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November 4, 2012
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Replies: 6

Which lens do I buy? HELP!

:iconkiwitakeflight:
KiwiTakeFlight Nov 4, 2012  Professional Photographer
I am would love your input on this, as I have now idea which lens to choose!


The dilemma: I'm looking at purchasing a new lens around Christmas time, but can't decide which one to get. I have the lenses to cover each focal length, but am wanting to upgrade my zoom to some higher quality glass as I am having issues with getting enough light and nasty fringing.

Current kit: Canon 60D, 50mm 1.8, 100mm 2.8 macro, Sigma 18-250 3.5-6.3.
Shooting: Portraits (pet and people) as well as equestrian events.

Aiming for: I'm looking to start taking paid pet portrait shoots (on location) in the next year or two.

The options: I'm tossing up between getting the new 24-70 2.8L II OR the 70-200mm 2.8L IS II OR the old 24-70 2.8 second hand (I've heard about sharpness issues with this lens?) and the 70-200mm f/4 IS (which adds up to around the same amount as either of the first two lenses).

Pros and cons:
The new 24-70 would be great for pet portraits as it would allow me to get close to the pet allowing for more control and interaction and from what I've heard/seen it's fairly sharp.
The 70-200 2.8 would be amazing for equestrian events as well as for portraits at a longer distance, but possibly not so great when trying to work with less obedient pets.
The older 24-70 and 70-200 f/4 IS would give me the full range of focal lengths for any situation, but I have heard that the sharpness of the older 24-70 can be an issue. The 70-200 f/4 is lighter and sharper than the 2.8, but I am wondering how much difference the smaller maximum aperture would make?


Thanks for reading, I'd love to hear your thoughts. :)
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Devious Comments

:iconrcooper102:
Honestly, if your goal is to be shooting equestrian events the 70-200mm F2.8 is a no brainer. It is a FANTASTIC sports lens that also happens to be an amazing portrait lens.

One other option you might want to consider though is Sigma's 120-300 F2.8, it also makes a good portrait lens and has even more reach for sporting events. They just announced a new one so the last generation may have some nice used prices when it comes out. ([link])

Granted both those lenses are very big, however, but i'd say if you are looking for a smaller option for shooting pets your 50mm F1.8 should more than suffice.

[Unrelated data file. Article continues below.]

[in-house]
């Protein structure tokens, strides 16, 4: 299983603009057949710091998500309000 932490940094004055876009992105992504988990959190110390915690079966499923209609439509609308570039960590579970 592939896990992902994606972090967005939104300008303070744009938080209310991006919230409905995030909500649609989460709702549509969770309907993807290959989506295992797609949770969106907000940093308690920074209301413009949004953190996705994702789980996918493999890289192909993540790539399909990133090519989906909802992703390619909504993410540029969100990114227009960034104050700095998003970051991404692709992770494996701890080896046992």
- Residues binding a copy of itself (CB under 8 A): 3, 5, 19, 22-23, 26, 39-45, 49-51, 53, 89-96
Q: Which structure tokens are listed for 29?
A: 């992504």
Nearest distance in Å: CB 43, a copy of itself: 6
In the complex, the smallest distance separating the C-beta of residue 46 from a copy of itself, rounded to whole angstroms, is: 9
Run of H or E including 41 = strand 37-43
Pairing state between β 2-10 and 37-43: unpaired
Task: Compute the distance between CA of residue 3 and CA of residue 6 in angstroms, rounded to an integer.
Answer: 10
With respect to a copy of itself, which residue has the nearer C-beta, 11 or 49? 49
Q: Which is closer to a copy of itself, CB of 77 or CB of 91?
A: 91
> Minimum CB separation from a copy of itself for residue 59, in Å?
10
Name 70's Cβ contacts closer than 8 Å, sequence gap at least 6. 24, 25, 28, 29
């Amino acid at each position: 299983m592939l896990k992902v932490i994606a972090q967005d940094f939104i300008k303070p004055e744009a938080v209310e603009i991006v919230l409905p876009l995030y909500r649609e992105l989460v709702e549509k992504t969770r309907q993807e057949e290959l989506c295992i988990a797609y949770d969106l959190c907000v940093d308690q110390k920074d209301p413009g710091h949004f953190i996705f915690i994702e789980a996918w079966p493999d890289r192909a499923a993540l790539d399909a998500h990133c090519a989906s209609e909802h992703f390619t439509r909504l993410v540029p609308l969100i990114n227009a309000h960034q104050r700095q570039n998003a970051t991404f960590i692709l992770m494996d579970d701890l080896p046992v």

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:iconkiwitakeflight:
KiwiTakeFlight Nov 6, 2012  Professional Photographer
Thanks for your input! :)
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:iconskankinmike:
With a crop body I'd go with the canon 17-55 F2.8 is. I love the lens, it's optically as good as an 'L' lens, and has roughly the same focal length as the 24-70 does on a full frame body (entirely the point ;)) with the added bonus of IS!

The 70-200 F2.8 IS is an awesome lens, and is a firm favourite of mine, but on a crop body, it might just be a bit long for the closer in stuff! But that said, I wouldn't want to put you off it as it really is that good, and the extra stop is well worth it! I'd try and hire one out to see what you think of it! The only down side is it's a weighty beast! I know when I've had it swinging off my shoulder for 12 hours!!!
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:iconkiwitakeflight:
KiwiTakeFlight Nov 4, 2012  Professional Photographer
Thanks for your reply!

I hadn't considered the 17-55 2.8. Just had a quick read-up and it sounds fantastic, and the price is brilliant! The only thing I am worried about is that at some stage in the next few years I will no doubt be moving up to a full frame and then would need to purchase the 24-70 for that camera. That being said, it seems to be a great alternative to the 24-70 for the short-term, so I will certainly look into more. Thanks for bringing that to my attention. :)

Yes, I got to play with a 70-200 2.8 at a show couple of weeks ago and it was incredible! I did find it more difficult to work with in tighter situations, but if I also had a 24-70 (or 17-55) then it wouldn't be a problem. The weight is what concerns me - with pet photography you need to be able to move around a lot and often use a camera with one hand while getting the dogs' attention with a treat or toy in the other - after using it for a few hours at a show the other day I don't know how well I would cope at a shoot with such a heavy lens. It is such a high quality lens however (the images it is capable of producing is simply mind-blowing), and the weight vs extra stop is a difficult choice to make!
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:iconskankinmike:
Many people on forums will tell you to get equipment with upgrade in mind... I know when I was in that situation, I really didn't know when that time would be, so my ultimate advice is buy what you need now, not what you need in the future... If you look after your kit, it will always have a good second hand value!

As for gaining attention, I have a head band with glittery balls on springs, you only have to wiggle your head to get them moving, and certainly grabs the attention of children and babies, to I imagine it likely would with dogs to! Both hands free! ;)
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:iconkiwitakeflight:
KiwiTakeFlight Nov 4, 2012  Professional Photographer
The head band sounds great - I'll have to give that a go! Usually I've just been using treats and/or squeaky toys, but having my hands free to use the camera would be really useful. Thanks for the tip. :)
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